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There are probably plenty of parents out there who love Twilight. It's a teenage romance that features no sex and not much violence, and teaches true love rather than prom dates and makeouts under the bleachers. But Twilight is probably the most dangerous movie you could show a 13-year-old girl, especially one who might have her eye on that troubled boy down the street, or the kid who broods in class instead of paying attention. Parents, let me warn you now: Do not let your kids become Twilighters. Or Twekkies. Or whatever they're calling them these days.

The problem actually isn't the rakishly handsome vampire who makes girls scream "OME!!" It's Bella, the allegedly practical and admirable main character who gets completely sucked into a world of pale, sparkly vampires, so much that she's willing to give up her family, friends, and even her life to be with who she believes to be her "true love." Edward actually tries to keep her away, recognizing that, even though he's a vampire who doesn't eat human blood, having her close might be too much for him to resist. He's the kind of 17-year-old who understands the concept of restraint.

Bella is not. She's convinced Edward won't bite her, even though he's clearly struggling not to wring her pretty neck. And eventually she's even ready for Edward to bite her, convinced that an eternal life of struggling not to kill humans is exactly what she needs, now that this handsome guy is in her life. She drifts away from her friends and eventually even rejects her dad. Sounds a little cult-ish once you think about it. I know we're all supposed to believe in Bella and Edward's Twu Wu, but if you were a parent and your daughter said she had to run away forever with the guy she met weeks earlier, wouldn't you be calling the authorities too?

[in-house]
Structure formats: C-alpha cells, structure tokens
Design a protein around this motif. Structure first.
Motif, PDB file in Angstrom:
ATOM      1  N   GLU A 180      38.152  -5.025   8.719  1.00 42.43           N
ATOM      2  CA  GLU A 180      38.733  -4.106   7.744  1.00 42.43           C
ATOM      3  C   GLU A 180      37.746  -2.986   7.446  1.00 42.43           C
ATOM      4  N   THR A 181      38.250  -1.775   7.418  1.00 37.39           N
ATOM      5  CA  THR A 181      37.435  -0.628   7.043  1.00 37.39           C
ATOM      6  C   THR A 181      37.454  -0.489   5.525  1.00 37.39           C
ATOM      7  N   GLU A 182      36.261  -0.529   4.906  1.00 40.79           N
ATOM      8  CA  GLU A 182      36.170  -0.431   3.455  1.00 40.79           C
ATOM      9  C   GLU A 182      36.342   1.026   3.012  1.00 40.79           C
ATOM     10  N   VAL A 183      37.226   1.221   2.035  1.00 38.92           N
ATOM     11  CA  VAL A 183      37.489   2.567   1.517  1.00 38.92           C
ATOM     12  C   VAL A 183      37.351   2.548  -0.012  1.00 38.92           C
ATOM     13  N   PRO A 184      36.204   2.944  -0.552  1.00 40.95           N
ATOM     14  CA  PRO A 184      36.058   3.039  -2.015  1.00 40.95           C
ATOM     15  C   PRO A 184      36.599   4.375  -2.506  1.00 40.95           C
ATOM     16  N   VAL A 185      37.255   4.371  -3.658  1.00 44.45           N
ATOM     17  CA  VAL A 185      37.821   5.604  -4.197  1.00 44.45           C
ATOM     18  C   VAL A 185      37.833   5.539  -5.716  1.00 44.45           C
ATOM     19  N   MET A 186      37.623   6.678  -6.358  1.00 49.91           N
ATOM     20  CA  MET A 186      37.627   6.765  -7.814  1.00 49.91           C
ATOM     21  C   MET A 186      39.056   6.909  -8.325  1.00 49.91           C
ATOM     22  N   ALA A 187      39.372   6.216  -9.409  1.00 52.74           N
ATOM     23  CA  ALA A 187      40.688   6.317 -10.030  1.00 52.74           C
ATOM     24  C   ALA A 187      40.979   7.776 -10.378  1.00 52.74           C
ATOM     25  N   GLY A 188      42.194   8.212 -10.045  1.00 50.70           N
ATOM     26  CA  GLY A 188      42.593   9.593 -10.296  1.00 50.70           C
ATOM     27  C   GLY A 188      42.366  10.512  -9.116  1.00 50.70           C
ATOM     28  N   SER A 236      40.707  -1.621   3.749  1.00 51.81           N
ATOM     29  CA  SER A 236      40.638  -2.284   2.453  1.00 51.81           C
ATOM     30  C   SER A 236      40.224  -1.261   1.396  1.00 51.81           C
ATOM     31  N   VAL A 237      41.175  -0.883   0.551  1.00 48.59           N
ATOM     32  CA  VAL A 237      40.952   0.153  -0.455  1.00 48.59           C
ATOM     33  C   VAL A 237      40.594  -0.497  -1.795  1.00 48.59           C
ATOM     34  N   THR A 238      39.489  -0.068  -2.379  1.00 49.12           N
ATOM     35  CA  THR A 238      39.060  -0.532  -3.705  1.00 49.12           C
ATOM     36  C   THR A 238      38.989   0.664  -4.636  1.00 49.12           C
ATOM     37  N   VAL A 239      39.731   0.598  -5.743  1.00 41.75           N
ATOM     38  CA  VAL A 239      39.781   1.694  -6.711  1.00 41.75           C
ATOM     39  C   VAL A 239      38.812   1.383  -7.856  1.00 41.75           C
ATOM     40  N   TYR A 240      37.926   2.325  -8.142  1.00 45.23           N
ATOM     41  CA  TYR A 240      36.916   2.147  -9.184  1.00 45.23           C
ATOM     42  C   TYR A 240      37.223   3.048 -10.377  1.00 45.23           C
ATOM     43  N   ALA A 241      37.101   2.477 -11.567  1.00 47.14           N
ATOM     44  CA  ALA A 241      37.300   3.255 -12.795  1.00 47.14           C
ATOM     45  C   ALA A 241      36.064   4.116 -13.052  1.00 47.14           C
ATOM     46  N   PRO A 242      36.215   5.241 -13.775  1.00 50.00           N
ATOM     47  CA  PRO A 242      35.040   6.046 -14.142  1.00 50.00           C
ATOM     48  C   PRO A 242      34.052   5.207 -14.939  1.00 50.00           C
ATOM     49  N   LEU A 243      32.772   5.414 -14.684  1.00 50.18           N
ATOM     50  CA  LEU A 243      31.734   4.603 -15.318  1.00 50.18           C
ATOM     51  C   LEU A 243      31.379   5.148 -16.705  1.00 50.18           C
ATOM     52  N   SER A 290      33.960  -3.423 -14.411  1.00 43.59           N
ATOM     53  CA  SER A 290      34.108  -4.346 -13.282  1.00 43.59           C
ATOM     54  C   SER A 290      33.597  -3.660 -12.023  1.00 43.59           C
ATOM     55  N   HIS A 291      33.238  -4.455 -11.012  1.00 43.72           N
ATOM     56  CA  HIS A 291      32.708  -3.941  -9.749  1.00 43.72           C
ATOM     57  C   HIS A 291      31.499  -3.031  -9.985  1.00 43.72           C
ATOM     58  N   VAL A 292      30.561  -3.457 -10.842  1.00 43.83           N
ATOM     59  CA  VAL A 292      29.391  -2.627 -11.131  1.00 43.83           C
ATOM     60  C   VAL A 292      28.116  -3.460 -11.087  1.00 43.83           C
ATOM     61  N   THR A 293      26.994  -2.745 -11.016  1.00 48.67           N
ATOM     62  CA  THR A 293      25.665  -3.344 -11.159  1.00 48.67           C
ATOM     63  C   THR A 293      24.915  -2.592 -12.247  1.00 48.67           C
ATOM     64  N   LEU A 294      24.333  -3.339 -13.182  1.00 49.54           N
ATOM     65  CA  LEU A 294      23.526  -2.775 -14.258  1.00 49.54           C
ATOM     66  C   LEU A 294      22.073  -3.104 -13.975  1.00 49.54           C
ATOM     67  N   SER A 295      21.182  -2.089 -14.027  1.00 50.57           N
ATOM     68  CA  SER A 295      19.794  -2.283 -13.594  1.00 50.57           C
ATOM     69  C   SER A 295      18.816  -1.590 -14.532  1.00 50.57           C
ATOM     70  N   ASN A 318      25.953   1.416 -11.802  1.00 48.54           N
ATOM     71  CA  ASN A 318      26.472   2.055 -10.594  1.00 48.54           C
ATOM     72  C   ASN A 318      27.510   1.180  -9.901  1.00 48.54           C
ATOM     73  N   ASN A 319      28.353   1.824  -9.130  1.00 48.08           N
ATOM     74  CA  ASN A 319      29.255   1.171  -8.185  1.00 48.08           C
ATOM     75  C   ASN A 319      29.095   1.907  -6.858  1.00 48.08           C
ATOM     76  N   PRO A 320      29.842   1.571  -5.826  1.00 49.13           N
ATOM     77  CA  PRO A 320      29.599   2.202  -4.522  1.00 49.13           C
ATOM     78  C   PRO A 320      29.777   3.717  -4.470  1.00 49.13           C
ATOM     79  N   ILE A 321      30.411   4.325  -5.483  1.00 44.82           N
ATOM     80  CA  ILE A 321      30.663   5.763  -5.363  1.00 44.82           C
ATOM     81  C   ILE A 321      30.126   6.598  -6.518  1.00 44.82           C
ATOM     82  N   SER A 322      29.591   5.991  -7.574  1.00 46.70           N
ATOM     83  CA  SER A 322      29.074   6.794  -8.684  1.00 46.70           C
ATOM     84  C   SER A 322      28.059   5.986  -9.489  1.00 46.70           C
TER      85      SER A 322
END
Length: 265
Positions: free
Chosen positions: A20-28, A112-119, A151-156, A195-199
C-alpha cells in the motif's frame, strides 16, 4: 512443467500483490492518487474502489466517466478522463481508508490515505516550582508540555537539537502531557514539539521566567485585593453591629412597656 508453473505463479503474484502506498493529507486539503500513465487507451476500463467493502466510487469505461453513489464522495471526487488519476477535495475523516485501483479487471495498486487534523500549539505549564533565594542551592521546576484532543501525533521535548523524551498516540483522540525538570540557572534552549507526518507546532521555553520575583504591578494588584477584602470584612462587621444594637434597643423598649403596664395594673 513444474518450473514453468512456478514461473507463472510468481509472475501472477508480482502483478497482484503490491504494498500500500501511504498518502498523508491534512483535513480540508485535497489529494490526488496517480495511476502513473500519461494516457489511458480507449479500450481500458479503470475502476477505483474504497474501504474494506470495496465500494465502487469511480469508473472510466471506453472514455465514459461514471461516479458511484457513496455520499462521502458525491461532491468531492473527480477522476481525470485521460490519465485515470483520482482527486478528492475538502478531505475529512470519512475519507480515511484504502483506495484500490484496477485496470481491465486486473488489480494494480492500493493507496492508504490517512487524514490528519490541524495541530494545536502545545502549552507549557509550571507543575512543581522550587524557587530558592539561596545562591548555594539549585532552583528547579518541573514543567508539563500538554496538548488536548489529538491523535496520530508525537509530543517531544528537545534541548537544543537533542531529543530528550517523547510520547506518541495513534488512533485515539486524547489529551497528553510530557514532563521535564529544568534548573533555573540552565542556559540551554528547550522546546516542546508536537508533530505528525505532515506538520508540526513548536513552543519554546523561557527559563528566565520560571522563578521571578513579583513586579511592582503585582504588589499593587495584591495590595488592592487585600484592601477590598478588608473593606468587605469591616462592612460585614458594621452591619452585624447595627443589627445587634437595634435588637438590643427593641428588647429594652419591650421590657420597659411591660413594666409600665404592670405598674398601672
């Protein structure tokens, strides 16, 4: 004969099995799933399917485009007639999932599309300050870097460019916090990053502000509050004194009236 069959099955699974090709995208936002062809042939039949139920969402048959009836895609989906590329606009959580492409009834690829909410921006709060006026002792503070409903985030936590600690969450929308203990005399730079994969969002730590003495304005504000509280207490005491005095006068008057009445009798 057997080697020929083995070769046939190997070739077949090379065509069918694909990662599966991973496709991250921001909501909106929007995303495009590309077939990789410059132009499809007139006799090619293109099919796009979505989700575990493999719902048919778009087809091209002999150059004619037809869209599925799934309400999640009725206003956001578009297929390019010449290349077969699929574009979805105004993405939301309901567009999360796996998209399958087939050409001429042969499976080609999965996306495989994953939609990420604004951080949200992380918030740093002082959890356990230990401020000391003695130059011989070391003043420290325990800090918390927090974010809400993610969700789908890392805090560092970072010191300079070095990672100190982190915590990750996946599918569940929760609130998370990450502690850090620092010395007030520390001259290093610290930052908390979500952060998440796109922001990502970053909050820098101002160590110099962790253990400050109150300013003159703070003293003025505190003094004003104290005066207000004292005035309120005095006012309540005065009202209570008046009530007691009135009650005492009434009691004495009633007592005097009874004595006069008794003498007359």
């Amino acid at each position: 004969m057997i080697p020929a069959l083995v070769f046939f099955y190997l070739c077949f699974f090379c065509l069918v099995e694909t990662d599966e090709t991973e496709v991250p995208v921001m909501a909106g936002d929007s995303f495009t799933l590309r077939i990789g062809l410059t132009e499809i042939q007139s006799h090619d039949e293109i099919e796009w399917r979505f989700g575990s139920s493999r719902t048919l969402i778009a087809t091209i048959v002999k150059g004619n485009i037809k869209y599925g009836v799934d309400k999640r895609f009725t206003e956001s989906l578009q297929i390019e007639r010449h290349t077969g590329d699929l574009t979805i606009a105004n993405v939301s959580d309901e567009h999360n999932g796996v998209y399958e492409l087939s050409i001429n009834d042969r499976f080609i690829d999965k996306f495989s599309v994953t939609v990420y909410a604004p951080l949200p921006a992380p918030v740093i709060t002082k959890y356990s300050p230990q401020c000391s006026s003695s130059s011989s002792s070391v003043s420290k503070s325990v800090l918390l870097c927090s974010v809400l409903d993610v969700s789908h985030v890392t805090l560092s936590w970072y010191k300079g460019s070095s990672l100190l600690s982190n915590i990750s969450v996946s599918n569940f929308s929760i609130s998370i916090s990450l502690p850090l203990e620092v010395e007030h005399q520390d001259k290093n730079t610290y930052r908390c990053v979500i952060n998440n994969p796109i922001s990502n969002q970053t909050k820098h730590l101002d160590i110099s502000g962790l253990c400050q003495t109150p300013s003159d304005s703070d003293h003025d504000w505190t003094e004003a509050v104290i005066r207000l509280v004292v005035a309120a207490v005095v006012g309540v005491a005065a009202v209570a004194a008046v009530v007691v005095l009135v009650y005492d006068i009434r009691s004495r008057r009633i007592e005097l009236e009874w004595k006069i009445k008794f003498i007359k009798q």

But really, Edward isn't blameless. He says things to Bella like "You are my life now" and the classic "And so the lion fell in love with the lamb," which is just not the kind of thing you say to someone you've known for mere weeks. Particularly when that person is a 17-year-old girl who is convinced that her feelings are all very, very important, and there will never be a romance like the one she has with Edward. This is the way I felt about my boyfriend of two weeks sophomore year of high school, and trust me, it does not last.

I get that Twilight is a Romeo and Juliet, Titanic kind of love story, where the practicalities of life are trumped by the drama of true love. But those are stories that took place in the past, as are most successful stories of romance that overcomes all obstacles; at a modern high school, with an average 17-year-old, it's just too artificial to fit in. Odds are the person you fall in love with in high school will turn out, five years from now, to be a douchebag you don't want to be associated with. Even if you get lucky, you take the time to find out you fit together-- making the irrevocable choice to become a vampire would probably be something you deal with once you go off to college.

Parents, I know it'll be pretty much impossible to keep your kids away from Twilight. But when your teenage daughter comes home mooning over that shaggy-haired kid who seems "so secretive," and then starts missing her curfew, be careful about criticizing him. She might be so convinced he is her Edward that she'll stick with him, even when he proves to just be a loser too lazy to turn off the Xbox and cut his damn hair.